Exquisite Pain

A full moon still glowed in early morning sky as I stepped into the cold to take Tetley out for his walk. Something about the quality of the light or the air or the moment, brought me back to a scene from more than twenty years ago.

The man I loved had married another. Heartbroken, I retreated from my life in NYC for a weekend at a yoga ashram in upstate New York. After a few days of solitude and meditation, surrounded by winter fields and more sky than NYC allows, my every pore seemed to vibrate. On a frigid early morning with a moon still on the horizon, I walked out into the surrounding fields of the ashram.  I felt as if I had been cracked open, I imagined my sadness might flood the frozen pastures.

Yet, I felt a healing. With every breath, I consciously sent the wrenching pain squeezing my heart off with the disappearing clouds of my exhalations.  The moon seemed to speak to me as did the frozen grass crunching underfoot, each step, now a comfort. Even as I felt like I might die of a silent hemorrhage of the heart, I felt completely and beautifully alive. My pain brought me there – a pain that now, I perceive as exquisite. Certainly, it is the twenty years time that allows me to remember it so, rather than be swept away again into the desperate sadness that at the time I feared might drown me.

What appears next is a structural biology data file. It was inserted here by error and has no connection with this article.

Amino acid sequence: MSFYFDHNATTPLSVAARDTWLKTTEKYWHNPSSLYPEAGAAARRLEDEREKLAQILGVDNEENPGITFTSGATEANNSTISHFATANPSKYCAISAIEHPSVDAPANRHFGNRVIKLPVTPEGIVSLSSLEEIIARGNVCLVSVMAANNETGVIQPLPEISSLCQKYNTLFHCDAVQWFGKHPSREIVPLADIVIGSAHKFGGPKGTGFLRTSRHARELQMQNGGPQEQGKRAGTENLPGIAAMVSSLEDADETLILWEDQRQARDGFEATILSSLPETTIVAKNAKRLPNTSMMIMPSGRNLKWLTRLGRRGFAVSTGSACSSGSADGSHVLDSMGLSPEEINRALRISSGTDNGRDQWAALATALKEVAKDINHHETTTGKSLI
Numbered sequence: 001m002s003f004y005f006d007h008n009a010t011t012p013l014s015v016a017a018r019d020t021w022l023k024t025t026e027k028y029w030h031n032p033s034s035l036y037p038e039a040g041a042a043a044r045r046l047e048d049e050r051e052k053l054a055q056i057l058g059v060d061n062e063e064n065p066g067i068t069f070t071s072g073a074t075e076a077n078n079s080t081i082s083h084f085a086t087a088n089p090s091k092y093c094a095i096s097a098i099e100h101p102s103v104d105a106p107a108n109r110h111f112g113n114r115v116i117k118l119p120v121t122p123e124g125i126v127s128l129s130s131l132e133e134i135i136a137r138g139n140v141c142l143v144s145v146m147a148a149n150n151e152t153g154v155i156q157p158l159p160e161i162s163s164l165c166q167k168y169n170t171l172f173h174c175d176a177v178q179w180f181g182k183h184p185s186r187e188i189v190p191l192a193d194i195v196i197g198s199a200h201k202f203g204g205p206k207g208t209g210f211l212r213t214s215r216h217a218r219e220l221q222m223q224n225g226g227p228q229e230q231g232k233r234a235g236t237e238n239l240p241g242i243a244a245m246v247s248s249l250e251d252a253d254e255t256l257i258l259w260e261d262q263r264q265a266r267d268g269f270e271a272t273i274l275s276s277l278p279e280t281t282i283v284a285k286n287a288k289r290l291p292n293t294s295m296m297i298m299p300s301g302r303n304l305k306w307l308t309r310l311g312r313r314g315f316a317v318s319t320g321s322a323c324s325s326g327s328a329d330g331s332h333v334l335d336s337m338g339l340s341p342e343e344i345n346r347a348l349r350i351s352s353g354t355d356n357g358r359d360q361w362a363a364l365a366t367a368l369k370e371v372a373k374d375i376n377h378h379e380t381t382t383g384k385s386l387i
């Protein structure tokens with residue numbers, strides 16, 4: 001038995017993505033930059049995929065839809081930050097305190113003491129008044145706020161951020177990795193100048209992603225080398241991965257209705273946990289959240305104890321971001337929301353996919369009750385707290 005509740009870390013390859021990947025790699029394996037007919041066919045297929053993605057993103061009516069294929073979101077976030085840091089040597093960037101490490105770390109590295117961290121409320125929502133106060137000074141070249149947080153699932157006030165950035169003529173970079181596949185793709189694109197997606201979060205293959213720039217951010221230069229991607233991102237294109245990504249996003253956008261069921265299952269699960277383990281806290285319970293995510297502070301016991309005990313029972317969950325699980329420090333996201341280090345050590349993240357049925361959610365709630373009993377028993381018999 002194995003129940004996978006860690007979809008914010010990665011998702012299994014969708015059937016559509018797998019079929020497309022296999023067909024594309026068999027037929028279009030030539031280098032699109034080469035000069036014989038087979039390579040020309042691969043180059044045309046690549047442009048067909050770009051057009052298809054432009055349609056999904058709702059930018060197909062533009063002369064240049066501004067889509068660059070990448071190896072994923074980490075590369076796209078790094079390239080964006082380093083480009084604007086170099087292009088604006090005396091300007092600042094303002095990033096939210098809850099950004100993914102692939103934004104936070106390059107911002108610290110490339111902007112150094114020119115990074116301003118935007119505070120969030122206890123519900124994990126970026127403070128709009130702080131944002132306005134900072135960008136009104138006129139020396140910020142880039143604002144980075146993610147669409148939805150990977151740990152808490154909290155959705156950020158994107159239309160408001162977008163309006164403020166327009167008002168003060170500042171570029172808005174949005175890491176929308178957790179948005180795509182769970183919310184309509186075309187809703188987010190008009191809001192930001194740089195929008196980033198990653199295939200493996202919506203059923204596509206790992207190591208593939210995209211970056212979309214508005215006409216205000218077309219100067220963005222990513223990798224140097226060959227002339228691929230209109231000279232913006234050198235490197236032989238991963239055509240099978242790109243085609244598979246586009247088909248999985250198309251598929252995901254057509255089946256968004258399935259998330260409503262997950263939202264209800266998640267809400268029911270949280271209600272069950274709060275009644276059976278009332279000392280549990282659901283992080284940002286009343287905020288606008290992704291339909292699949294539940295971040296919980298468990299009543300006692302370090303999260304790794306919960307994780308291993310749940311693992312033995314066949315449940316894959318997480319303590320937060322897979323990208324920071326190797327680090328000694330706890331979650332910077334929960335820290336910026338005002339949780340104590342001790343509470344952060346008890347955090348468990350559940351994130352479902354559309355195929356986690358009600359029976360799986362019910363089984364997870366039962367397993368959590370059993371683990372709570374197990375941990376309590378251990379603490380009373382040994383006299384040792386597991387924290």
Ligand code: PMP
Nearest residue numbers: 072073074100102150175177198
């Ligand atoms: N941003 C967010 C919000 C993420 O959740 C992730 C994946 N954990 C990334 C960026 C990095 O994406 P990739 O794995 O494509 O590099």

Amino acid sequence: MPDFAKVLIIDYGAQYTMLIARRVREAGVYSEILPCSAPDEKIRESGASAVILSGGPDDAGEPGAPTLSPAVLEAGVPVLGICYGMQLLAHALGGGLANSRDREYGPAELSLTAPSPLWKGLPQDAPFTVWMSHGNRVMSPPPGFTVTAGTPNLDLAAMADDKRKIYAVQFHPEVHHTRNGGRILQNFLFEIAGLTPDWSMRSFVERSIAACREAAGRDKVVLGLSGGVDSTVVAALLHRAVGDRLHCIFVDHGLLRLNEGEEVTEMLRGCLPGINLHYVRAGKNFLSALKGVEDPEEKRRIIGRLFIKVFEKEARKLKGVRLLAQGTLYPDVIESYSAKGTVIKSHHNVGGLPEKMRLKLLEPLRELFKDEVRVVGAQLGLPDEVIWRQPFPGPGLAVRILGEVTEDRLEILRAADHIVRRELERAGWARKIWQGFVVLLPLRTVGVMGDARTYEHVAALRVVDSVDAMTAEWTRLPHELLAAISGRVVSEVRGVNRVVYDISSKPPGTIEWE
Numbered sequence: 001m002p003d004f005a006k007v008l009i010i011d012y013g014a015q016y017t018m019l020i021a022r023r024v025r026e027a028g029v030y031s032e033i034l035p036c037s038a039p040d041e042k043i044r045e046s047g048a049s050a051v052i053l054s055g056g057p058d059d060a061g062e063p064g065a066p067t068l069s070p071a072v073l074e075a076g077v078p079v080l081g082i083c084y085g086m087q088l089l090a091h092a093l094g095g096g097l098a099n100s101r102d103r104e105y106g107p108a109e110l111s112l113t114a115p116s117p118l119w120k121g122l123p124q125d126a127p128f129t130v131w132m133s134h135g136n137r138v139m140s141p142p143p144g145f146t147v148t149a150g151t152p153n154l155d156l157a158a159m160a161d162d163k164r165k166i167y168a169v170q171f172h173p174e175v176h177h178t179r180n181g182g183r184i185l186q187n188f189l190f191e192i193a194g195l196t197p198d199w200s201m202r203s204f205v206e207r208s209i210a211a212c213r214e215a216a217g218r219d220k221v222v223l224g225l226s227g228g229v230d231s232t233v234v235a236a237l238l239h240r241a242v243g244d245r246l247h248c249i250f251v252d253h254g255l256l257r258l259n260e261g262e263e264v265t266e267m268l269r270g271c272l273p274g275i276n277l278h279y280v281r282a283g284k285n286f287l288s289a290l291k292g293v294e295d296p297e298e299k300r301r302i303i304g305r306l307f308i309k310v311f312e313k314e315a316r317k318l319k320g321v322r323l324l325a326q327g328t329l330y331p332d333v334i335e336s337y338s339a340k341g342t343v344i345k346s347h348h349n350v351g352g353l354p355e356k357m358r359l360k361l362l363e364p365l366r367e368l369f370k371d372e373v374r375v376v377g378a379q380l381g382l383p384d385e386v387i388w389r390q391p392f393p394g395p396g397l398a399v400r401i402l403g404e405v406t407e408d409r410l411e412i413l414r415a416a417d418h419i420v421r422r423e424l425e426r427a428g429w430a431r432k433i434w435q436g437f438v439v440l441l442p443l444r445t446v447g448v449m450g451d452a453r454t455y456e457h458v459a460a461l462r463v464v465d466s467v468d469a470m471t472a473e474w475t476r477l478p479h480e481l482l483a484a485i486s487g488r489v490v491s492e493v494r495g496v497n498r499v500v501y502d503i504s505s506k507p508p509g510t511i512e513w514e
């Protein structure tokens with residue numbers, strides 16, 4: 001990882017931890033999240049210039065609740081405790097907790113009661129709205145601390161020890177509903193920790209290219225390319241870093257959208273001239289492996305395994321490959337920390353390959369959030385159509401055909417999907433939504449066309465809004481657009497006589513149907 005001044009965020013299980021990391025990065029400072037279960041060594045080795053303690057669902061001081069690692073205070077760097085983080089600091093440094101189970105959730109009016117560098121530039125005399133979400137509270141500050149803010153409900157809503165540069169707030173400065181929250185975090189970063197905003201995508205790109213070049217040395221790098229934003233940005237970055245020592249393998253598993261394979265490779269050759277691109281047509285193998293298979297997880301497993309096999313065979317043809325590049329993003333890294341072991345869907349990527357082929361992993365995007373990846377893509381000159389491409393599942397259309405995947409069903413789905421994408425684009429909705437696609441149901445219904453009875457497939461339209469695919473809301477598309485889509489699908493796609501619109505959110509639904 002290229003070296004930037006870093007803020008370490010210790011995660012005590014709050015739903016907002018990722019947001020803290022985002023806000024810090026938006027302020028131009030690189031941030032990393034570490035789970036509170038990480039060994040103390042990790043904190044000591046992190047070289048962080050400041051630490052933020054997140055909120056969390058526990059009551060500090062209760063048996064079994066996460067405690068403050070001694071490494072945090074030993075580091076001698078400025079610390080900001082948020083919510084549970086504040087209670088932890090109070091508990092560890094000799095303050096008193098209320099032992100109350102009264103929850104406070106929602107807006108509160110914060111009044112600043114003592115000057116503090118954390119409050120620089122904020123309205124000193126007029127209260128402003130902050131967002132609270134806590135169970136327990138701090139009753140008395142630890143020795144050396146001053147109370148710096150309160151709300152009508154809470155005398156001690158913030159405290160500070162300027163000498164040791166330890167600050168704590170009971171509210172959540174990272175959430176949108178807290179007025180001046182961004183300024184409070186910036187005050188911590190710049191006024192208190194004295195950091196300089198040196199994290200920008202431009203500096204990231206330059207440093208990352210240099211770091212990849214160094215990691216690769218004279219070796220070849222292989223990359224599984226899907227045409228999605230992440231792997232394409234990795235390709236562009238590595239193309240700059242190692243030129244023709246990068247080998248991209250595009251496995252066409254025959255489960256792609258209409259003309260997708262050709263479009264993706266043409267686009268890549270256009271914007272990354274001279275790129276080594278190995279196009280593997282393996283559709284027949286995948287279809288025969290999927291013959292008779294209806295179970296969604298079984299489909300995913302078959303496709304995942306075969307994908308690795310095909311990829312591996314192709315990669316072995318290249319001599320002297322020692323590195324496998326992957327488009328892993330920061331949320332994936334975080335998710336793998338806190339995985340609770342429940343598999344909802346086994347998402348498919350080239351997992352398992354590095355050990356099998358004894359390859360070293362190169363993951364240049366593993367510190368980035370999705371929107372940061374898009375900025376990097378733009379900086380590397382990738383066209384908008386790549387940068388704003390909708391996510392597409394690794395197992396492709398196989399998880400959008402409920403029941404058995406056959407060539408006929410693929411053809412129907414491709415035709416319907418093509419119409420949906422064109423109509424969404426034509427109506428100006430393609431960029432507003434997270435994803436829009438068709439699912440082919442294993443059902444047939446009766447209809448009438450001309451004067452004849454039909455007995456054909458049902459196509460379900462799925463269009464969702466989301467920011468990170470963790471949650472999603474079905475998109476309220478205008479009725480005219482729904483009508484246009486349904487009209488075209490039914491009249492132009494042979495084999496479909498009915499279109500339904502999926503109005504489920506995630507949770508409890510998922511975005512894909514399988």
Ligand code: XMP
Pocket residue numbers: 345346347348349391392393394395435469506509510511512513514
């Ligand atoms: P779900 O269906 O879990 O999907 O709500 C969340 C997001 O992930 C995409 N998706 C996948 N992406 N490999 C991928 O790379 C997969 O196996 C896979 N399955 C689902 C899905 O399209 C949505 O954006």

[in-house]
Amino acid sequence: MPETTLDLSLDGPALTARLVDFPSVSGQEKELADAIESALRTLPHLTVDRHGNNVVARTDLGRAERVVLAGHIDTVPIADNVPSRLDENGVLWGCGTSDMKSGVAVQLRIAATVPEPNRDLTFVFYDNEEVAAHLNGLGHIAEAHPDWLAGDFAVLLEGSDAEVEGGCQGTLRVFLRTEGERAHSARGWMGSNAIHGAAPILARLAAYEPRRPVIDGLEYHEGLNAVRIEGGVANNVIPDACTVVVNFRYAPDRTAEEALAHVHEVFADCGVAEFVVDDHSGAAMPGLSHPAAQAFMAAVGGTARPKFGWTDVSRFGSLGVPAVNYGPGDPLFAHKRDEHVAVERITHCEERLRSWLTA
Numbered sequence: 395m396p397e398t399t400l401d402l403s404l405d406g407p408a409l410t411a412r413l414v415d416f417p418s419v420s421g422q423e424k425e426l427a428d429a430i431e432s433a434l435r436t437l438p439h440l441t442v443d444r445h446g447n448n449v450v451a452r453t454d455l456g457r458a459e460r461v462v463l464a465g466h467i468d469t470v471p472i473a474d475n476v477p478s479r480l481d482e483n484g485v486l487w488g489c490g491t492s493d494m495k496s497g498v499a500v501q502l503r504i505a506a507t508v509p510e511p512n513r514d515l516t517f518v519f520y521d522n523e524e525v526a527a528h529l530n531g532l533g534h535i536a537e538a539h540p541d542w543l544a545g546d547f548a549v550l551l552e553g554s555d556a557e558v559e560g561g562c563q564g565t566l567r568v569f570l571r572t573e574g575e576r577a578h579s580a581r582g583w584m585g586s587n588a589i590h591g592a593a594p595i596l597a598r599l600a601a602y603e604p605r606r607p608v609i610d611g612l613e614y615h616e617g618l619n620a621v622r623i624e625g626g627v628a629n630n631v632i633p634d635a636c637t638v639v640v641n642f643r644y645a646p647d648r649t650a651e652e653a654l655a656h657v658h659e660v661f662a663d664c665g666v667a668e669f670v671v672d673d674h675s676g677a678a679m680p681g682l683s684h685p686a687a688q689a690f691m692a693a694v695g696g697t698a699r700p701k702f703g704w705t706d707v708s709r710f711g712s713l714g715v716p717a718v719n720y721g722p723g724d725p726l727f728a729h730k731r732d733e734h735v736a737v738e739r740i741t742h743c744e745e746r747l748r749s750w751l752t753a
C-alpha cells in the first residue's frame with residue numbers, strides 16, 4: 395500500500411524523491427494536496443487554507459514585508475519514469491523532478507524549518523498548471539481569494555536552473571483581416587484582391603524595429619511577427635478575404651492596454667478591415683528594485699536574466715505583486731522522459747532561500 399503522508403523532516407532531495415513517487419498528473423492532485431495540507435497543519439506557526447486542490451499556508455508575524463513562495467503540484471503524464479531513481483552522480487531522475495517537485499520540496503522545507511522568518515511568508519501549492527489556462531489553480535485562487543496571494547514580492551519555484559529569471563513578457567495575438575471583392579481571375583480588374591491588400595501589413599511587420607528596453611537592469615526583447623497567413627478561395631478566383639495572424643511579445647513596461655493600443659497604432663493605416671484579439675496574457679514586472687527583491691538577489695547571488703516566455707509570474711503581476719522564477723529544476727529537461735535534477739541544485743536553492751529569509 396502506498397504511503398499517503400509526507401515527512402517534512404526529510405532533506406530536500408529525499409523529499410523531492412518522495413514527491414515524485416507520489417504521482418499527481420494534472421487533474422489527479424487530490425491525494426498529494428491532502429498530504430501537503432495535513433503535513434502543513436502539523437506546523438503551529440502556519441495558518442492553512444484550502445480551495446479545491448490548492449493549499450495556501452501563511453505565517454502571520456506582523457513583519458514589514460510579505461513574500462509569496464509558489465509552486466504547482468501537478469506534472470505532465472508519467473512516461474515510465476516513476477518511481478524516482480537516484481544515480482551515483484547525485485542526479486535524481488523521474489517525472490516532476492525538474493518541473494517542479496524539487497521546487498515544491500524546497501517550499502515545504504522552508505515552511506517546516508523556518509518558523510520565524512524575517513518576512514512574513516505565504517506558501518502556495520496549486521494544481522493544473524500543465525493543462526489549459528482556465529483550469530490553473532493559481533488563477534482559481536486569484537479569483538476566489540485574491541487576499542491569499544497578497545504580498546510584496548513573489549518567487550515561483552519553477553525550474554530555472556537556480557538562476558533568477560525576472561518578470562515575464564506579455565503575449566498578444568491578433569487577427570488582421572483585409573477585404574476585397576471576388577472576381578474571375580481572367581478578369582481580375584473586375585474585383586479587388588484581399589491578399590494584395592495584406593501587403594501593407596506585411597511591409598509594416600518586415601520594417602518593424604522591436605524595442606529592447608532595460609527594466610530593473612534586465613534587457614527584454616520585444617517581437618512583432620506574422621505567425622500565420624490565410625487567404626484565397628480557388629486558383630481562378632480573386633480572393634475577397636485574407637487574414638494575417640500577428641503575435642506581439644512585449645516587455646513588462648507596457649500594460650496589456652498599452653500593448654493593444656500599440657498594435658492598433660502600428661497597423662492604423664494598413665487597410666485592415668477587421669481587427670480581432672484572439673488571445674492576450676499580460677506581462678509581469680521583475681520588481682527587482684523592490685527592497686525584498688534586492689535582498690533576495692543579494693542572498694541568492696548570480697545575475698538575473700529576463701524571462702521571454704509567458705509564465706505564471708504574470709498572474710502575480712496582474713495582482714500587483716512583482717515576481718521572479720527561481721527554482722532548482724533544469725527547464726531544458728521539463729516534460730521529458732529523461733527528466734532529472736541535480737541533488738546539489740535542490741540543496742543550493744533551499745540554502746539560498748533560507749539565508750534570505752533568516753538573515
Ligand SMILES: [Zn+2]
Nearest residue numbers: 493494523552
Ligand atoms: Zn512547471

The thought of anguish as a road to spiritual understanding – as something exquisite – sticks with me, inspired by this random memory of a wintry morning. Pain of the heart and spirit is certainly on any map we choose to follow in life. There is no alternative route, no way around it. I still dread those turns in the road. But today I am reminded of the incredible clarity and beauty, almost a kind of spiritual trance that can lead us, if not away from our pain, to a place of peace. Like that morning so many years ago: the crystalline threads of my breath disappearing into the cold morning air, held the promise that all things must pass.

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2 Responses to Exquisite Pain

  1. Simply beautiful Tricia. Being cracked open is exactly right – I think this is what it feels like to be totally present.

  2. Lea says:

    I think this is one of your most beautiful entries yet. The description of the field and the cold, letting the pain go with each exhalation…wisdom, beauty, and art, from that suffering. Why must they so often be entwined? The blessing and the curse….. XO

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